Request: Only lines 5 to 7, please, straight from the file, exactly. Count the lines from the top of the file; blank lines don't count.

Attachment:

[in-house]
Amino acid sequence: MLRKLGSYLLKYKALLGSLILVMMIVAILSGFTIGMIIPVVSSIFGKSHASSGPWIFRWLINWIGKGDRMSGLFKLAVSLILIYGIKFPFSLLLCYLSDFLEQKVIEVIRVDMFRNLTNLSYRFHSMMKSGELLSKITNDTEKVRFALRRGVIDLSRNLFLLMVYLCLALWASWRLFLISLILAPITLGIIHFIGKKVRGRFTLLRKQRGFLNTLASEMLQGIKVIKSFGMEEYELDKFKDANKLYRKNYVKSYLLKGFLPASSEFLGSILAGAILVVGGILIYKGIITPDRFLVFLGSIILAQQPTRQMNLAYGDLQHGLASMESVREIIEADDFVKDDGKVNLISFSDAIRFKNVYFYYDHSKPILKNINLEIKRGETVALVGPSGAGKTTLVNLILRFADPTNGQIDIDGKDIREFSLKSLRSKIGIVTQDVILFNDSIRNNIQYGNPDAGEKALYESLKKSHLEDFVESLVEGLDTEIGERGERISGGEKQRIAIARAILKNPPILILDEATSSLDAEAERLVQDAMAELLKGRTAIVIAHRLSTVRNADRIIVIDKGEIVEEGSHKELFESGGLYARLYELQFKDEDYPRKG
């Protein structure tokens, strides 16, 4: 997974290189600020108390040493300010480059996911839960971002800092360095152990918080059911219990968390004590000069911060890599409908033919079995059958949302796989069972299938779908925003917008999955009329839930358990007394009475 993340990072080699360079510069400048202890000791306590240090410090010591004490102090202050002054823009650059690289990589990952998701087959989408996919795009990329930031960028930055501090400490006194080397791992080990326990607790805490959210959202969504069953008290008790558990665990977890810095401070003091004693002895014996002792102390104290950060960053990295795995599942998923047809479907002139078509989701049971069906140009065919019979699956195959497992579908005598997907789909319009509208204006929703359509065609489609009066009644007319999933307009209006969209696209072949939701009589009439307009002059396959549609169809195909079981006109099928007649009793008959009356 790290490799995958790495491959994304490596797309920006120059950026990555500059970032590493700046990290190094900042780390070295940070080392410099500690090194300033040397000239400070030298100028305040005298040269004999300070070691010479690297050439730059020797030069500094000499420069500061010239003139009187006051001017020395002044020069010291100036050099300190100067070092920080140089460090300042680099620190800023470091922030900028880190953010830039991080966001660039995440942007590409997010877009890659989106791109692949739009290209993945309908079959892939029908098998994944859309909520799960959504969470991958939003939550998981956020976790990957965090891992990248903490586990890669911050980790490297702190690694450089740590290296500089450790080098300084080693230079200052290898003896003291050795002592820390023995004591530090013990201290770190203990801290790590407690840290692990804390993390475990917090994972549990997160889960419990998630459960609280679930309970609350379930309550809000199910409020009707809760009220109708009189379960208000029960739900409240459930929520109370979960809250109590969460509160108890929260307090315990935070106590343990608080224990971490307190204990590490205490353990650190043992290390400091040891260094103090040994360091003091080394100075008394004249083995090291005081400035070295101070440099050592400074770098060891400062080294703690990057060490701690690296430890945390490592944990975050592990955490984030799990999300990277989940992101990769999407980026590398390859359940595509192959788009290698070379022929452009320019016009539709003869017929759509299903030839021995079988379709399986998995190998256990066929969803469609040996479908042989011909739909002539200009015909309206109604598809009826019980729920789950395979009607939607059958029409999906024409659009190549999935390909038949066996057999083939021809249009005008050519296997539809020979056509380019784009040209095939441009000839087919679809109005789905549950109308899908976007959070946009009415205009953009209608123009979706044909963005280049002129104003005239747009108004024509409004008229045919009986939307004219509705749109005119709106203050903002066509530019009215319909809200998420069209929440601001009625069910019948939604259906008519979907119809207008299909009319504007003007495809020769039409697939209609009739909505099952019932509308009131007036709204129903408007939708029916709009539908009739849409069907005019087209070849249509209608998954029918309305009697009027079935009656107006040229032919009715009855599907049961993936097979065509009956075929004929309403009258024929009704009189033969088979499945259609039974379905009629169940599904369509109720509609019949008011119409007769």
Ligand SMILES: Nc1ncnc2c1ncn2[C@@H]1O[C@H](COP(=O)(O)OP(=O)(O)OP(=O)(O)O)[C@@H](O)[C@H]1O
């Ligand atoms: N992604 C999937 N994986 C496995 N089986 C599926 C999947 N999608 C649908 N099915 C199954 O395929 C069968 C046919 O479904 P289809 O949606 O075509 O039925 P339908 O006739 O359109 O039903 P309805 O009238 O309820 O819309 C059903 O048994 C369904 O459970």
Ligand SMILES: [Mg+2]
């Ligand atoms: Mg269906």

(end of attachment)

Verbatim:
């Ligand atoms: N992604 C999937 N994986 C496995 N089986 C599926 C999947 N999608 C649908 N099915 C199954 O395929 C069968 C046919 O479904 P289809 O949606 O075509 O039925 P339908 O006739 O359109 O039903 P309805 O009238 O309820 O819309 C059903 O048994 C369904 O459970």
Ligand SMILES: [Mg+2]
């Ligand atoms: Mg269906």